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Just Transition: Building a Future for People and the Planet

Just Transition: Building a Future for People and the Planet

By Michele Prichard, Senior Director of Environmental Justice, Liberty Hill

Some of my earliest work as a budding activist in Los Angeles in the 80s is surprisingly parallel to a critical discussion that has emerged over the last year nationally and here in Los Angeles around the “Green New Deal” and the concept of “Just Transition.”

Back then, the “Jobs with Peace” coalition placed two ballot measures before L.A. voters in 1984 and 1986 asking our city to support a shift in national priorities from massive defense spending towards our growing domestic needs in education, health care and environmental protection. 

As Cold War spending ballooned the deficit and drained social programs, peace and civil rights activists argued that the country needed to transition defense workers from building B-52 bombers, to constructing mass transit and new energy systems, and meeting other social infrastructure needs.  We argued for a “Just Transition” where defense workers—nearly all of whom were union workers with family supporting wages and benefits—would be supported, re-trained and re-directed to new job sectors with the potential for ongoing economic mobility.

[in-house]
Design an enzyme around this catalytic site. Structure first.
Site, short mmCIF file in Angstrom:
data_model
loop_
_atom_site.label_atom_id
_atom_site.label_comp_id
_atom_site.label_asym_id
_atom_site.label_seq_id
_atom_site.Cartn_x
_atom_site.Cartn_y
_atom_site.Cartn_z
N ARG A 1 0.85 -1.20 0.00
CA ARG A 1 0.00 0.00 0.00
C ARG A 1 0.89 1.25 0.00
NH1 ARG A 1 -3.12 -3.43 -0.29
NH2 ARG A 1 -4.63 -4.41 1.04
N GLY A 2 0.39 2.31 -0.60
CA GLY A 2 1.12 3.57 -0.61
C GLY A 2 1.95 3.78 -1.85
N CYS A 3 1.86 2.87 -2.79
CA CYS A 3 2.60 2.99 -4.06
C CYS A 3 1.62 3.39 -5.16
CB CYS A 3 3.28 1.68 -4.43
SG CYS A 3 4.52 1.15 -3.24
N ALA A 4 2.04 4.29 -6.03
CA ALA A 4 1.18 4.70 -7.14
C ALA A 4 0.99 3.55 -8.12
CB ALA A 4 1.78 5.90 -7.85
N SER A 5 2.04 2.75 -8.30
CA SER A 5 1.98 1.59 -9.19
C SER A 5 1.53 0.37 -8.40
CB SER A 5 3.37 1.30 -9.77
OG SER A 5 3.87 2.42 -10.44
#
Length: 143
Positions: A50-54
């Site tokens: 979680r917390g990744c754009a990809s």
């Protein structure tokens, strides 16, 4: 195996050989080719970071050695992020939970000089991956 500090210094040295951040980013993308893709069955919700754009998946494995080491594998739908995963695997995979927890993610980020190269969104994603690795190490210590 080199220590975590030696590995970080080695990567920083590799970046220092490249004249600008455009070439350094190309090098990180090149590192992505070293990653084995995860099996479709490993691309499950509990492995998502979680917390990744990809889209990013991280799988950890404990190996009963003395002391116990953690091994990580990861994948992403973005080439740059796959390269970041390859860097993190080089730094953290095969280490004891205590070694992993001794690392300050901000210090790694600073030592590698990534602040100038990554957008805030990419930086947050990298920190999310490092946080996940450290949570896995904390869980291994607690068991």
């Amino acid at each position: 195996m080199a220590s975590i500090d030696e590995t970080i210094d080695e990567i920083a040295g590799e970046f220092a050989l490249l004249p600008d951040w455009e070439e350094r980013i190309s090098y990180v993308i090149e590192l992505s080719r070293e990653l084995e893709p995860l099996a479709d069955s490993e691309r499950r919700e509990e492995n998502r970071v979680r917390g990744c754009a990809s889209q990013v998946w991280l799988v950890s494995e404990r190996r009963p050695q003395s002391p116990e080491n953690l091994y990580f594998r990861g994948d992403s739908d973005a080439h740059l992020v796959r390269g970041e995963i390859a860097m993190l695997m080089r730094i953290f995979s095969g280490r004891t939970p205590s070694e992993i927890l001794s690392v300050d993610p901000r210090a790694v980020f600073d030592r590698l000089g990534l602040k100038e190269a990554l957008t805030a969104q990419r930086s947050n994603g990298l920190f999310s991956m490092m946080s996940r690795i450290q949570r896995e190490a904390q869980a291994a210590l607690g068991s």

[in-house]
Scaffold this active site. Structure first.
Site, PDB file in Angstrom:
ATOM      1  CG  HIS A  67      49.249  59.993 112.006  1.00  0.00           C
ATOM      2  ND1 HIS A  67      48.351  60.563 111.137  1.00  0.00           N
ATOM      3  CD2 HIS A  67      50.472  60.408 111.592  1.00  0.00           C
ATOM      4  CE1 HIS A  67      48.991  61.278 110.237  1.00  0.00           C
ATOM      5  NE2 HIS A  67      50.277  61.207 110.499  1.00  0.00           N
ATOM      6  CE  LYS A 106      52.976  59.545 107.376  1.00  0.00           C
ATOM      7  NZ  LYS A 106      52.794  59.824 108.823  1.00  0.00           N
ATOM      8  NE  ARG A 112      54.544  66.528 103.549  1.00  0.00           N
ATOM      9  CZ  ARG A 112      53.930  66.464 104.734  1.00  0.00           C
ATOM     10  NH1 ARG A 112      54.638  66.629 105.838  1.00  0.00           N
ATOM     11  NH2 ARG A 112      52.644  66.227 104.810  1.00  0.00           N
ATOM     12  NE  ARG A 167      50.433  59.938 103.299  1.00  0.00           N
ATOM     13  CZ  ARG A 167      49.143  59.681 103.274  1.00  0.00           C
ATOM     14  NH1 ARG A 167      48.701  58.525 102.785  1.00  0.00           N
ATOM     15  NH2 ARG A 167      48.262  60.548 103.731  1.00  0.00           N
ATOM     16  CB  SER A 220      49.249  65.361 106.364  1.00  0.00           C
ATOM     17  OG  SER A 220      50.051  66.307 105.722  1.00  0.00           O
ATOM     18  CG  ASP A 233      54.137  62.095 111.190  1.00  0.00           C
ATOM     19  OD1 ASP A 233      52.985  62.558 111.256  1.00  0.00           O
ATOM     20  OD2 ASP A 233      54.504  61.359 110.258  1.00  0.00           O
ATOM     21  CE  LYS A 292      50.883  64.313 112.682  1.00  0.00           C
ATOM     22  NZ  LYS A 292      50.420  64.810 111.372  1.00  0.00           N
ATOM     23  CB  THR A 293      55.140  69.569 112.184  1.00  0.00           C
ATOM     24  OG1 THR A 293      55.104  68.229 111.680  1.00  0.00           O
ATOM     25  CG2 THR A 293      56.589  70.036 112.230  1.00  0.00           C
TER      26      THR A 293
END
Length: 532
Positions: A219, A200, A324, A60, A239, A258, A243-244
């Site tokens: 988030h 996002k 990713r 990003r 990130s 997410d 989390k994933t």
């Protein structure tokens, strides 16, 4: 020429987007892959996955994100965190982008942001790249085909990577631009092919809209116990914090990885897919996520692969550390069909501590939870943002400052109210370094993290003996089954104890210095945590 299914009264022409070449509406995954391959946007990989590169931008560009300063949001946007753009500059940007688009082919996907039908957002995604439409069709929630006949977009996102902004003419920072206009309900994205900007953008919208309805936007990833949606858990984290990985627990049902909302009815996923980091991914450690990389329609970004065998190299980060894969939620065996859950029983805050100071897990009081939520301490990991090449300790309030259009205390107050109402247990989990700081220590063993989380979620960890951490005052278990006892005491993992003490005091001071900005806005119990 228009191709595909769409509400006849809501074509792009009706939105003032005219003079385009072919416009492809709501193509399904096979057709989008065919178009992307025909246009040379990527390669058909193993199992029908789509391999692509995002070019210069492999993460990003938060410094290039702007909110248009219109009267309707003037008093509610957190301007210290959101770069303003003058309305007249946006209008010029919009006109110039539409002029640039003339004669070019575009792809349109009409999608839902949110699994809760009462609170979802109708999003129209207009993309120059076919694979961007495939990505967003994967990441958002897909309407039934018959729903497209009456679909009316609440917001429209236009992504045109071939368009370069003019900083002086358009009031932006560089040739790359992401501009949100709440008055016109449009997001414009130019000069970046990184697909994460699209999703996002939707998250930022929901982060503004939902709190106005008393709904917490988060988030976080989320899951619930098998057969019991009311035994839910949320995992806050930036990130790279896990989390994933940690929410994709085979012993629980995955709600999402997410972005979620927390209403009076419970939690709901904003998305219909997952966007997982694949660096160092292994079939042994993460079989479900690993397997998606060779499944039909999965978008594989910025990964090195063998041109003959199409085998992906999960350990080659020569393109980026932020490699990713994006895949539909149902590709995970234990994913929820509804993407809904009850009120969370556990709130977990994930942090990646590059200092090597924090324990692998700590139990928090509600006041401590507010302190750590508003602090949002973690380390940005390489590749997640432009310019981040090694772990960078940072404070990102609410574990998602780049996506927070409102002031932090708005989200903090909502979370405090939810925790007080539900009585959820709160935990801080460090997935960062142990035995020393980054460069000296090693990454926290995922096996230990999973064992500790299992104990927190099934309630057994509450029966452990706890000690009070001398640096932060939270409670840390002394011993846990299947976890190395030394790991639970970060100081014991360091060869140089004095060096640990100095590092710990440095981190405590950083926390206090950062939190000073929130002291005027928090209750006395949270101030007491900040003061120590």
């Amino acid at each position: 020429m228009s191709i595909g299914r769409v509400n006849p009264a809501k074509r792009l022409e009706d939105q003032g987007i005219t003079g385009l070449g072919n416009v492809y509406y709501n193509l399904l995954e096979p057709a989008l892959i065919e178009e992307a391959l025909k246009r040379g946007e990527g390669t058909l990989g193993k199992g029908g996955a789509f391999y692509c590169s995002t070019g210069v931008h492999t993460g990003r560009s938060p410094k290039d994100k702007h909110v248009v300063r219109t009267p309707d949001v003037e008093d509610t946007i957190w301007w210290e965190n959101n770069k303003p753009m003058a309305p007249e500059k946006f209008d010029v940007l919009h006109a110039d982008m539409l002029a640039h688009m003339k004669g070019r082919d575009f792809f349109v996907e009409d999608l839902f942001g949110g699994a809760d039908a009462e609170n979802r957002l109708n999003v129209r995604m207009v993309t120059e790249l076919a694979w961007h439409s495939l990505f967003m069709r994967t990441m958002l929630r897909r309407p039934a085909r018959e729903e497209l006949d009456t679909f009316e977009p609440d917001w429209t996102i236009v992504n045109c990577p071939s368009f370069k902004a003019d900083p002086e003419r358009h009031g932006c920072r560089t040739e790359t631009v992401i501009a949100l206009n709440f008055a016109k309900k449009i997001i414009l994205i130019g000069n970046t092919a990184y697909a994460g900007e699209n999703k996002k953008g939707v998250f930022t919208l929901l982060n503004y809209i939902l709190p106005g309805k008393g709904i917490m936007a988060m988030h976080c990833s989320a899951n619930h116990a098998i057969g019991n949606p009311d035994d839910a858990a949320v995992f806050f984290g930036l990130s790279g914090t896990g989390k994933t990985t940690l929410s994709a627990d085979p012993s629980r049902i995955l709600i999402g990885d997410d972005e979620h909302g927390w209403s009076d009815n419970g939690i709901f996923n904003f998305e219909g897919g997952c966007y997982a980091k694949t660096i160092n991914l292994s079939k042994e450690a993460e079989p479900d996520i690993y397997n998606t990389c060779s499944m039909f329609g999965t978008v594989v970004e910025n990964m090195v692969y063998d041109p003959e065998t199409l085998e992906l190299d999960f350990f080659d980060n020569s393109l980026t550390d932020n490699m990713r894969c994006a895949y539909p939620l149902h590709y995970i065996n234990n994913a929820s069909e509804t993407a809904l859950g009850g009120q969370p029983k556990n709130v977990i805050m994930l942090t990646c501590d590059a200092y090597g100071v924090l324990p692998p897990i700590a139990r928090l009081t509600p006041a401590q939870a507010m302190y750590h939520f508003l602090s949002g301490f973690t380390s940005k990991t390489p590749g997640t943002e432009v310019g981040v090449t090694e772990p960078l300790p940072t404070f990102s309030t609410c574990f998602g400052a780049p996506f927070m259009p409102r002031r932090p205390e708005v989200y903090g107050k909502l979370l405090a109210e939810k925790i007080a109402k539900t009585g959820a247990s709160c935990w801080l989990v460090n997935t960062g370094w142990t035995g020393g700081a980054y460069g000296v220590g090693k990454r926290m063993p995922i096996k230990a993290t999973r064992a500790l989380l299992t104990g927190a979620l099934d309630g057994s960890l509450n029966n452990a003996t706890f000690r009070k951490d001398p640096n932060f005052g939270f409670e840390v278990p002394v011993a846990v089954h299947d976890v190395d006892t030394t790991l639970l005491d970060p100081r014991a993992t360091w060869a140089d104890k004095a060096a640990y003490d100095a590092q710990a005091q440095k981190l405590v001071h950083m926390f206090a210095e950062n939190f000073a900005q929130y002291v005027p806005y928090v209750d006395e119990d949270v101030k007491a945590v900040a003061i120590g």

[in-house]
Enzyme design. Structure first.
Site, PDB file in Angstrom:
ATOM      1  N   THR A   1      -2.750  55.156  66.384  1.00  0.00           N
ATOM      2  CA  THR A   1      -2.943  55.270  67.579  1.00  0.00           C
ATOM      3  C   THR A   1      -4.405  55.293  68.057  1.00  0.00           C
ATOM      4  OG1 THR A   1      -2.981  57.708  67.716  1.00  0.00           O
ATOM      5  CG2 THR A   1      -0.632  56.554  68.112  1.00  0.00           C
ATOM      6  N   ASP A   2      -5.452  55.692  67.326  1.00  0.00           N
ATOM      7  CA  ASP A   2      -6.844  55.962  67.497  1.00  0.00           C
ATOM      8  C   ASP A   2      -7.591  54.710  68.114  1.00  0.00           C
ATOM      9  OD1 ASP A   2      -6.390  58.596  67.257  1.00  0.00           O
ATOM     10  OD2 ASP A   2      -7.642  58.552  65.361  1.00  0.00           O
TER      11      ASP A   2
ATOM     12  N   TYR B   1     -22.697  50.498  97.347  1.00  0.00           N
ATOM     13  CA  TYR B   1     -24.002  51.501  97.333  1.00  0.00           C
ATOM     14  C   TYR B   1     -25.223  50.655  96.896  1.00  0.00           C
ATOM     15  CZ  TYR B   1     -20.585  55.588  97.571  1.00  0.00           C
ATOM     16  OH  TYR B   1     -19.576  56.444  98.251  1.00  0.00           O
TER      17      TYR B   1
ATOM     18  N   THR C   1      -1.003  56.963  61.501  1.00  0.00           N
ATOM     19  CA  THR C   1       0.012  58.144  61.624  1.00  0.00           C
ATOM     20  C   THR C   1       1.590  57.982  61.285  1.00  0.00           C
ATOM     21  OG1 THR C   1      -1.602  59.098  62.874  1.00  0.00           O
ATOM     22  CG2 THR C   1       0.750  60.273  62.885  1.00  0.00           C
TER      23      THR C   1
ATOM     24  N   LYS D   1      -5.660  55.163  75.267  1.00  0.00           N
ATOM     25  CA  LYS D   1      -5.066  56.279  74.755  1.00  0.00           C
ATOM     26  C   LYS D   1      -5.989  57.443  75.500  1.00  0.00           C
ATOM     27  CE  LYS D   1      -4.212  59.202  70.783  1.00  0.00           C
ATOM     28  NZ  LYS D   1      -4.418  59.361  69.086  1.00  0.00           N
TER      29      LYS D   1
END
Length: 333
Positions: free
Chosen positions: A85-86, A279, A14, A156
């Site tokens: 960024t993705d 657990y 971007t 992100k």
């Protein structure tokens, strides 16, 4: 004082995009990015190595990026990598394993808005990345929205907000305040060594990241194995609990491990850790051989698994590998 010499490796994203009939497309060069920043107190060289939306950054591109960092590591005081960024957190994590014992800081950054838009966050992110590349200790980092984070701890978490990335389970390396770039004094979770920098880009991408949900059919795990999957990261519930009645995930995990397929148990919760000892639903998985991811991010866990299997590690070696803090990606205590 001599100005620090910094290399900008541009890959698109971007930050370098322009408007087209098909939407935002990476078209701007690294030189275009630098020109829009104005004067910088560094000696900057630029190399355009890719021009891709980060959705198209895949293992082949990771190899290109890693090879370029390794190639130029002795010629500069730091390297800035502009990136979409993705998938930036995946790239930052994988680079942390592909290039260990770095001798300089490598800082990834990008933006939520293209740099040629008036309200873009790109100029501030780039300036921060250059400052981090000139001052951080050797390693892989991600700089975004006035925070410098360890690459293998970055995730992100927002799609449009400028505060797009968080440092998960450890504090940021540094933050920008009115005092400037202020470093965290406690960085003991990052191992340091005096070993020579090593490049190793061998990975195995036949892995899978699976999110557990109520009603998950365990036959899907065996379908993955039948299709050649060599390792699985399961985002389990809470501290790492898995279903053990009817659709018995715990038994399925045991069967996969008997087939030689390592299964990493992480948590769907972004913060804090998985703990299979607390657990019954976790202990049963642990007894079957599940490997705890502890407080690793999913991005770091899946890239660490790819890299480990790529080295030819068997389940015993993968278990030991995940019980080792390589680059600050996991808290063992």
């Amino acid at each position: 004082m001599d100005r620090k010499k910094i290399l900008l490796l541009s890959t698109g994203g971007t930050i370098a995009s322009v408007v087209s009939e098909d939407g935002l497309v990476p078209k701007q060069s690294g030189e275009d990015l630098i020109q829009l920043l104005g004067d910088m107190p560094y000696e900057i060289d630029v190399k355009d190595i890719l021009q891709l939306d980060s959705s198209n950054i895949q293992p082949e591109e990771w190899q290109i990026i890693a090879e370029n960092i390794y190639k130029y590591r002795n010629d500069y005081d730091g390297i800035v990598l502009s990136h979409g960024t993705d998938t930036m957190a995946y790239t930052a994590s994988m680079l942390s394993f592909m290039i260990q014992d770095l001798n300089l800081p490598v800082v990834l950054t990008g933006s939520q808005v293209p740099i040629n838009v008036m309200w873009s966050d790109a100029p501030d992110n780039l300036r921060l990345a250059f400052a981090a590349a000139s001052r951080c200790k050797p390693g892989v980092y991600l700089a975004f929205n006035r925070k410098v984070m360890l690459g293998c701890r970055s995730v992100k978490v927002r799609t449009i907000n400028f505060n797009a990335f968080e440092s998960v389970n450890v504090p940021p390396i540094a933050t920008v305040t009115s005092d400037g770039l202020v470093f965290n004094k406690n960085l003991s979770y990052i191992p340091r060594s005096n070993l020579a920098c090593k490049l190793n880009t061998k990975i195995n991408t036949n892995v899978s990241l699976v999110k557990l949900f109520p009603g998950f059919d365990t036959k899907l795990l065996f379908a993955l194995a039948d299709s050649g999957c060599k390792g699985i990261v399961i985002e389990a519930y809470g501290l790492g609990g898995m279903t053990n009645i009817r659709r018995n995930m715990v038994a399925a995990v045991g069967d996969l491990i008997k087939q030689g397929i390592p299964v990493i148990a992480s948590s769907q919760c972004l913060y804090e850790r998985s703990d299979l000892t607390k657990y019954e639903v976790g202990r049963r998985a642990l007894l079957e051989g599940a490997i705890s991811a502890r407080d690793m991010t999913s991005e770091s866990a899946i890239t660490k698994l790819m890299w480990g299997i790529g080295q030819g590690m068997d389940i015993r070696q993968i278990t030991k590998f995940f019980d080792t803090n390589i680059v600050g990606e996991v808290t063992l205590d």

We won the first election when we were flying under the radar, but got trounced in the second.  Huge opposition spending by the military industrial complex caused the defeat of the 1986 measure, which sought to divest L.A.’s pension funds from defense contractor companies, and invest in more socially responsible enterprises.

Fast Forward to today:  the planet faces an urgent need to end fossil fuel production and consumption and shift to 100% clean and renewable energy sources. Already the wildfire season is in full swing in California—with utility power shut-downs affecting millions of residents in the past week alone.  Hurricane Dorian, the Amazon Rainforest fires and the melting of the Arctic ice shelf all fade from our memories as the next climate catastrophe takes center stage. 

Technology is rapidly enabling us to move away from fossil fuels.  But part of building the political will to make the change is designing a pathway for fossil fuel-dependent workers and communities to join the new “green” economy—one that is based in energy and water conservation, solar, wind and geothermal power.  

We know that advanced planning is fundamental, and that it will take a huge commitment of public resources to provide for income security, job retraining and upskilling for affected workers.  But unless we map out a clear plan for unionized oil refinery workers in Los Angeles, and even the non-union contractors who drill and maintain active oil-drilling sites in low-income neighborhoods in South L.A. and the Harbor, we will strike fear into the hearts of those workers, their families and their unions when we talk about the “green economy.”

The Way Forward